A few weeks back, EdSurge published a podcast interview with education consultant and commentator Alan November, and Director of Secondary Curriculum, Instruction, and Assessment for the Houston Independent School District Mike Dorsey, after chatting with the two education experts at ISTE. The interview got quite a number of listens, likely because November said that the edtech industry had created a “mess” at one point in the interview. However, November was only able to be with us for about ten minutes in that interview, so we really didn’t get a chance to delve into what he meant by “a mess.”
He brings up some good points, but I disagree with two of them.
Without question, we have not improved productivity of teachers.
Technology has increased the productivity of teachers and has for almost 30 years. Twenty years ago I was in the music classroom, and technology was already improving my teaching and productivity. At the time I was digitizing songs to be used in the classroom onto the computer, so I could play any song I needed to instantly. This decreased downtime in the classroom and allowed me to cover more material in the same time frame. The computer was also put to use with a piece of software called Band-in-a-Box. Band-in-a-Box created accompaniment for songs in different styles from a song’s chord progressions. I could now teach general music with songs that were more than just the piano, all in a fraction of the time it would have taken 10-15 years earlier.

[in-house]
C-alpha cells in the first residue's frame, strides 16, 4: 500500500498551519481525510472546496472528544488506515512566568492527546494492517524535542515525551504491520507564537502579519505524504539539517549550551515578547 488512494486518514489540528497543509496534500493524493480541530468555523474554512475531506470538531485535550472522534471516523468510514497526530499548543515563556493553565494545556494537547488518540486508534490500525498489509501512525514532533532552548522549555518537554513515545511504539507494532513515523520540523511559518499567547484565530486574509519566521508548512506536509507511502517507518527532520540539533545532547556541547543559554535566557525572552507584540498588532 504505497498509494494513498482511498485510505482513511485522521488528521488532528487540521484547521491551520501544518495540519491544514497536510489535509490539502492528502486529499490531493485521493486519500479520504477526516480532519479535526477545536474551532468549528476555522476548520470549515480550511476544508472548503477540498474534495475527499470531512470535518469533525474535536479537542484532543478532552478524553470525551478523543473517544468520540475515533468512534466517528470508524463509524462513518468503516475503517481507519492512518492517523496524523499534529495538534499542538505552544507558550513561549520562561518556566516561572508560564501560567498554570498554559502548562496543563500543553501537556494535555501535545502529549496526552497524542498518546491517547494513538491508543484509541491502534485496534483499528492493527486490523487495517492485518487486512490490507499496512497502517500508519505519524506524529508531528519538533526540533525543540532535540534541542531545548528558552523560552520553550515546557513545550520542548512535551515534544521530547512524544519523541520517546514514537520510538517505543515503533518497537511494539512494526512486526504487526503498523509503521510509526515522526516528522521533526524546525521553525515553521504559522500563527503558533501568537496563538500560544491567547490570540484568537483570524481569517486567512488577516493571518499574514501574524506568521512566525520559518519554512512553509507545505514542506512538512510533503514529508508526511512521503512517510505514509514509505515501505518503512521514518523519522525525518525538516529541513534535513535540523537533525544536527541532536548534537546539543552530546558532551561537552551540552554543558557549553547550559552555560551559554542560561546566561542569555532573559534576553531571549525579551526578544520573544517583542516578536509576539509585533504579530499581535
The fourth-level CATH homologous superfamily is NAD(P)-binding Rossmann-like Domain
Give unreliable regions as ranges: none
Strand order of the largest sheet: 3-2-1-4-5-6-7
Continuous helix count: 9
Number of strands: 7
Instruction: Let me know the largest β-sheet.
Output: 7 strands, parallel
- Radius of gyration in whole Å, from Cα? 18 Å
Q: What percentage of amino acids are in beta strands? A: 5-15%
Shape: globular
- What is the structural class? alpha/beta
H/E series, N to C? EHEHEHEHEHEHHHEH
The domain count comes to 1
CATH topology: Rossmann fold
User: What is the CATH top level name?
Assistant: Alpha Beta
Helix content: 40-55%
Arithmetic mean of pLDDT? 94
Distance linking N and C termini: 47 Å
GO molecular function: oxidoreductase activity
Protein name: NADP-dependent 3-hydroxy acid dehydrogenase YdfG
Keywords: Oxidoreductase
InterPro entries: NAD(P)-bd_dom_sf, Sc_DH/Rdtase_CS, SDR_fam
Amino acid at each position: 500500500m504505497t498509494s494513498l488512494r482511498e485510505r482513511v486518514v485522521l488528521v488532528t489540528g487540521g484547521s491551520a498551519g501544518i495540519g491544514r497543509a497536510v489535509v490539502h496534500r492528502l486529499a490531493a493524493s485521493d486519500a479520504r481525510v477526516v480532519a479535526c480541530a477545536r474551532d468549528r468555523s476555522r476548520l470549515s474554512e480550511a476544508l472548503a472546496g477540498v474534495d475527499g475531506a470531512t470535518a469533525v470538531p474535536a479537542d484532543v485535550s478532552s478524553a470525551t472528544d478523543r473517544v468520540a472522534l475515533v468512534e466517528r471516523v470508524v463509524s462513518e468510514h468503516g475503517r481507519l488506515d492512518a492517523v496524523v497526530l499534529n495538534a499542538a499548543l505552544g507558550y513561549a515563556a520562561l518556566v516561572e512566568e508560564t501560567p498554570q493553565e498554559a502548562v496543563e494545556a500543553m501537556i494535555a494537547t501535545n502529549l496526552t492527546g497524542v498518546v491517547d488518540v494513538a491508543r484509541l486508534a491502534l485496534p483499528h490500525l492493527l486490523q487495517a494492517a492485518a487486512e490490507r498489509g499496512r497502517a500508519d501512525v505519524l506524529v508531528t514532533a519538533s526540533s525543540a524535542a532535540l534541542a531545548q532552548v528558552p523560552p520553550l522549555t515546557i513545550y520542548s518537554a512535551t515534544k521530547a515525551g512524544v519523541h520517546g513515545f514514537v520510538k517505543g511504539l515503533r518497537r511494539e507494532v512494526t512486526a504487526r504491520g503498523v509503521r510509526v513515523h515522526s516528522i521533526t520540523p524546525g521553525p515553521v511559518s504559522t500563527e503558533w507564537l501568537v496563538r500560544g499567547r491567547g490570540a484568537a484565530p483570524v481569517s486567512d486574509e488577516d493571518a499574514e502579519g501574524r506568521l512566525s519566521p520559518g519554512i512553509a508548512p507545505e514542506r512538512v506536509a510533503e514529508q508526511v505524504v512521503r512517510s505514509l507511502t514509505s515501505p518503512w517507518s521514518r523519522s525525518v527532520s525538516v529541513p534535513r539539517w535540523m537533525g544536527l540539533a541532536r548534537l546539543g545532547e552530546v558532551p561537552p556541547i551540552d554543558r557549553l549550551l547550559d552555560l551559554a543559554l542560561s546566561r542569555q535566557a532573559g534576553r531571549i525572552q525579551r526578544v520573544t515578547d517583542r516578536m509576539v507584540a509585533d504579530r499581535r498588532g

I haven’t even covered the ease at which teachers can research topics for their classroom, aggregating the best information to be share immediately with their students. In the past teachers used stale textbooks, now teachers use Open Educational Resources (OER) that are up to date.
Well, first, let’s discuss why schools are racing to buy technology. The biggest driver I can detect isn’t that they want to transform learning—it’s that they have to give every student a device for the new standards-based tests, which are all online. If new testing did not require technology, we would not see the enormous waste of money in part that we’re now seeing.
If schools were only buying technology for testing, then why are there so many interactive whiteboards in schools today? That is a technology that isn’t used for testing, but is found in a lot of classrooms. Technology is purchased because teachers see the advantage of giving students a tool that can be used in unimaginable ways. Steve Jobs said it really well:
What do you think? Is most educational technology purchasing a waste?